Despite the political and policy differences among recent presidents, all at one time or another have emphatically reaffirmed the importance of maintaining a constructive and friendly relationship with Mexico.
President Ronald Reagan called relations with Mexico “one of the highest priorities of our administration.” Every president since then has said much the same, and acted accordingly by nominating some of this nation’s most trusted and experienced public servants to manage relations with Mexico. President George H.W. Bush’s Mexico ambassador, John Negroponte, later became the nation’s first director of national intelligence under President George W. Bush.
Today, that relationship is more important than ever, thanks to heightened concern over terrorism and the importance of border security.
Unfortunately, the United States has not had an ambassador in Mexico City for four months, and some members of the Senate appear determined to keep it that way no matter how much that damages U.S. relations with Mexico. The delay in filling the position has nothing to do with Mexico or the qualifications of President Obama’s nominee for the job.
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The issue is Cuba.
Roberta Jacobson, who was tapped for the job six months ago, is being held up because, in her role as assistant secretary of State for the Western Hemisphere, she successfully managed the policy breakthrough that resulted in the normalization of relations with Cuba.
In the view of some members of the U.S. Senate — particularly GOP Sen. Marco Rubio of Florida and Sen. Robert Menendez of New Jersey, a Democrat — the problem is that she performed her assigned task all too well, helping to end more than half a century of diplomatic estrangement between the two countries.
First, they bottled up her nomination in the Foreign Relations Committee for four months with delays and holds. Now they are holding up a vote on the Senate floor with similar delaying tactics. That is both unfair to the nominee and damaging to the U.S. national interest. Sens. Rubio and Menendez have the right to oppose the Obama administration’s policy on Cuba — or any other, for that matter — but it is wrong to punish Ms. Jacobson for doing her job, or to cripple U.S.-Mexico relations because of a policy dispute involving an unrelated third country.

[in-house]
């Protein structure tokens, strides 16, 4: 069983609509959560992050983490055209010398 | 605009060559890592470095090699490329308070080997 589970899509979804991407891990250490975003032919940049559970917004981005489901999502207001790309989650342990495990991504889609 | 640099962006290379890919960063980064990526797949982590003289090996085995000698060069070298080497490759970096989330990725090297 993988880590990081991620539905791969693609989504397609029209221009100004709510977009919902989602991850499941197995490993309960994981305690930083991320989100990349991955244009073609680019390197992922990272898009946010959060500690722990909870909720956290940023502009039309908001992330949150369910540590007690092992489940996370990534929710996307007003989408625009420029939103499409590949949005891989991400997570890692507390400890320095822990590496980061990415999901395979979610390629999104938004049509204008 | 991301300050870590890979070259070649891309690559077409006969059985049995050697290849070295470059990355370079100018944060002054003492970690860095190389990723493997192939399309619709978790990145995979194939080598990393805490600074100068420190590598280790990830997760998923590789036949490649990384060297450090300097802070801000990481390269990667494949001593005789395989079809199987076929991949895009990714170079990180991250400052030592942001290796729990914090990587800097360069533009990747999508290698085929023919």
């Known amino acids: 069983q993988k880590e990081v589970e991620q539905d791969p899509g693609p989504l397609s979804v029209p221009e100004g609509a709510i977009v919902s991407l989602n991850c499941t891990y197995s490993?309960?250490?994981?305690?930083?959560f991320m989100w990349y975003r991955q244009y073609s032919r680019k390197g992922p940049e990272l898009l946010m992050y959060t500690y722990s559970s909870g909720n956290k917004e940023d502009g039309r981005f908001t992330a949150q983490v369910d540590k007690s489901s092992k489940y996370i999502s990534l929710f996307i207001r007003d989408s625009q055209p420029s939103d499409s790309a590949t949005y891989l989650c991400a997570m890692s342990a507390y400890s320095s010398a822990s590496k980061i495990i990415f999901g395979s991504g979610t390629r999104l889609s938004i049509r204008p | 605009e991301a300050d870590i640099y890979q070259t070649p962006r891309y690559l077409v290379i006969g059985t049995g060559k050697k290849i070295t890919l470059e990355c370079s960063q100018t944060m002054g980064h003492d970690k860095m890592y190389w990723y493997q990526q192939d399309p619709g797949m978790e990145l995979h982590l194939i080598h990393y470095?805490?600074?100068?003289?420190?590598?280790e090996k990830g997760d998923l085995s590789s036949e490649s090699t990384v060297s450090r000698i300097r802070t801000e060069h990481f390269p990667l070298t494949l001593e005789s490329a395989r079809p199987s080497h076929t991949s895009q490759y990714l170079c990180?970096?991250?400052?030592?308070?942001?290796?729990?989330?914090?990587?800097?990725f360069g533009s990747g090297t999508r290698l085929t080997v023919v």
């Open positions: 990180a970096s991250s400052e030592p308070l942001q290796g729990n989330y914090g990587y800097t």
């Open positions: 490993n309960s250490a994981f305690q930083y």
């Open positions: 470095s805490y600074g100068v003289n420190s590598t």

As a senior diplomat in the State Department, Ms. Jacobson’s career spans the administrations of the second President Bush and President Obama, in both of which she has held a number of high-level positions dealing with Latin America. If confirmed, she would become the first woman to serve as U.S. ambassador to Mexico.
Relations with Mexico cover the full range of issues. These include energy, drugs, education, human rights and border security. The two nations exchange $1.3 billion in goods over the U.S.-Mexico border each day. Yet without a confirmed ambassador in place, the relationship is effectively on hold, which does no one any good.
In his 1988 radio address, President Reagan declared: “The peoples and governments of the United States and Mexico are and ought to be friends. Our national interests dictate it; our peoples demand it.”
Holding up Ms. Jacobson’s nomination any longer is an abuse of the senatorial privilege. Sens. Rubio and Menendez should let the Senate vote on the ambassadorship before its members go home for Christmas.